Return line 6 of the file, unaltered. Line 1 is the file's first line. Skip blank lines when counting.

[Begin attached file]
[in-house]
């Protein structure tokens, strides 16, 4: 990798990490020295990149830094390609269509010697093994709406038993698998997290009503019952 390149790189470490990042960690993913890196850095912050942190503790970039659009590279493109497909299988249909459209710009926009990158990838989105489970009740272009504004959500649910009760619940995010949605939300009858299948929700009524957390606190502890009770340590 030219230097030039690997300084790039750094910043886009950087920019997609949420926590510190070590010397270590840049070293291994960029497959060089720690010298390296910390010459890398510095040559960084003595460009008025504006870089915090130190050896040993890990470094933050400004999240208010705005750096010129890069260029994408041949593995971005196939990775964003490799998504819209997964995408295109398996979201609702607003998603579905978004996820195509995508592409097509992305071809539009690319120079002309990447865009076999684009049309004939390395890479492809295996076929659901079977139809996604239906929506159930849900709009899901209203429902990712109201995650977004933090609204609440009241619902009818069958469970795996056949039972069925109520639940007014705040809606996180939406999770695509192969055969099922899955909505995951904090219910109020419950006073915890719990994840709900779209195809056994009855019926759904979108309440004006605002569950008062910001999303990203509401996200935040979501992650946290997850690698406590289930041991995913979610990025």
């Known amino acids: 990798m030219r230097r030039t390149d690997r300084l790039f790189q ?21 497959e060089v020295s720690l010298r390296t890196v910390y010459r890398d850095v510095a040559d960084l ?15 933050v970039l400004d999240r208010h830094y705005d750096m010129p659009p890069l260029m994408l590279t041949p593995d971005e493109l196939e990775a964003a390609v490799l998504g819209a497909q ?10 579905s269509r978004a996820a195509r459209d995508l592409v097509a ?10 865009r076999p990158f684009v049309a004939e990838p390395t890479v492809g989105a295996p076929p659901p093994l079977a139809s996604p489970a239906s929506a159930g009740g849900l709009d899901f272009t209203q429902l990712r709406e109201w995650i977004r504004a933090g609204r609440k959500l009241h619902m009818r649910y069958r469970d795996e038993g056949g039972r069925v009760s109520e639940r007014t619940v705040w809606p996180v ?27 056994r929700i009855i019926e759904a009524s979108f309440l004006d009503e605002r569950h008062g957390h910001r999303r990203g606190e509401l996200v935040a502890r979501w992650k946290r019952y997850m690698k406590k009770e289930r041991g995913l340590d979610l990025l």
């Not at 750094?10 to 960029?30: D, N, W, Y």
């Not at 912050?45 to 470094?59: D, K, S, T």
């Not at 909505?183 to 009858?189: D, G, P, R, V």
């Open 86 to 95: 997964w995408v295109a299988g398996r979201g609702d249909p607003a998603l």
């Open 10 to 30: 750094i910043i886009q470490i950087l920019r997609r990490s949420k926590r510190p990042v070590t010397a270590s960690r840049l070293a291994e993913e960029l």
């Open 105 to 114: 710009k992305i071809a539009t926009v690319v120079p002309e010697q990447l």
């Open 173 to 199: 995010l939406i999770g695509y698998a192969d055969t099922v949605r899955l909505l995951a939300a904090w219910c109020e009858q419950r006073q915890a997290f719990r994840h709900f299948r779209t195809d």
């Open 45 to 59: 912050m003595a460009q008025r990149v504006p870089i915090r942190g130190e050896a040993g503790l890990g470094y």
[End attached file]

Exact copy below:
């Not at 909505?183 to 009858?189: D, G, P, R, V």